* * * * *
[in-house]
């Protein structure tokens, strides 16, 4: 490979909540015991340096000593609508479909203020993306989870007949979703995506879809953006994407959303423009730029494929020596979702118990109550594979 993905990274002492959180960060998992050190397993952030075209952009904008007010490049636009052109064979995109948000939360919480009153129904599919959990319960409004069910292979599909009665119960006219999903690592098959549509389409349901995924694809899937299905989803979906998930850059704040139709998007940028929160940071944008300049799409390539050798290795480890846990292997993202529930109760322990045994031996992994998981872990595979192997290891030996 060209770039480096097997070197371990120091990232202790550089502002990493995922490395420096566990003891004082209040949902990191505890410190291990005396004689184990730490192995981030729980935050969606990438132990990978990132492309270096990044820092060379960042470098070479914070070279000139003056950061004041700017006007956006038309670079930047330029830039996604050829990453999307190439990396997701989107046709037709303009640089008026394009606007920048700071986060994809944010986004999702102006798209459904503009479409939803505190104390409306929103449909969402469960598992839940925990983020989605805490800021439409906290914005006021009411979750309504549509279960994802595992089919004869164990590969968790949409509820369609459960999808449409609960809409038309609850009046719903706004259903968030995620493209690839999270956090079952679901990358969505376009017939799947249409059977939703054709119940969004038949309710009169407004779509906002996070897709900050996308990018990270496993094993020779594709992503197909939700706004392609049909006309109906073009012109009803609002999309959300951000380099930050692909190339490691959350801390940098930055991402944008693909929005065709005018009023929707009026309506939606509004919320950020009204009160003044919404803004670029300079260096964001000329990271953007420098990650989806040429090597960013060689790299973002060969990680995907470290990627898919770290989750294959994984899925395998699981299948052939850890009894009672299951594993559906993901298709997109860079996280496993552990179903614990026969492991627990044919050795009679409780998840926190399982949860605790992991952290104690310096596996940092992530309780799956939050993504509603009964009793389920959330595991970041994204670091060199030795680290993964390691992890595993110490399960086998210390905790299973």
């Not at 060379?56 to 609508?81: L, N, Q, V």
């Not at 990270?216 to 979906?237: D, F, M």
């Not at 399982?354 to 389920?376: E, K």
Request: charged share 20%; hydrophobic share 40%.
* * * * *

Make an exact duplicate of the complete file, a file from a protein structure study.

[in-house]
């Protein structure tokens, strides 16, 4: 490979909540015991340096000593609508479909203020993306989870007949979703995506879809953006994407959303423009730029494929020596979702118990109550594979 993905990274002492959180960060998992050190397993952030075209952009904008007010490049636009052109064979995109948000939360919480009153129904599919959990319960409004069910292979599909009665119960006219999903690592098959549509389409349901995924694809899937299905989803979906998930850059704040139709998007940028929160940071944008300049799409390539050798290795480890846990292997993202529930109760322990045994031996992994998981872990595979192997290891030996 060209770039480096097997070197371990120091990232202790550089502002990493995922490395420096566990003891004082209040949902990191505890410190291990005396004689184990730490192995981030729980935050969606990438132990990978990132492309270096990044820092060379960042470098070479914070070279000139003056950061004041700017006007956006038309670079930047330029830039996604050829990453999307190439990396997701989107046709037709303009640089008026394009606007920048700071986060994809944010986004999702102006798209459904503009479409939803505190104390409306929103449909969402469960598992839940925990983020989605805490800021439409906290914005006021009411979750309504549509279960994802595992089919004869164990590969968790949409509820369609459960999808449409609960809409038309609850009046719903706004259903968030995620493209690839999270956090079952679901990358969505376009017939799947249409059977939703054709119940969004038949309710009169407004779509906002996070897709900050996308990018990270496993094993020779594709992503197909939700706004392609049909006309109906073009012109009803609002999309959300951000380099930050692909190339490691959350801390940098930055991402944008693909929005065709005018009023929707009026309506939606509004919320950020009204009160003044919404803004670029300079260096964001000329990271953007420098990650989806040429090597960013060689790299973002060969990680995907470290990627898919770290989750294959994984899925395998699981299948052939850890009894009672299951594993559906993901298709997109860079996280496993552990179903614990026969492991627990044919050795009679409780998840926190399982949860605790992991952290104690310096596996940092992530309780799956939050993504509603009964009793389920959330595991970041994204670091060199030795680290993964390691992890595993110490399960086998210390905790299973």
């Not at 060379?56 to 609508?81: L, N, Q, V």
């Not at 990270?216 to 979906?237: D, F, M």
């Not at 399982?354 to 389920?376: E, K």
Request: charged share 20%; hydrophobic share 40%.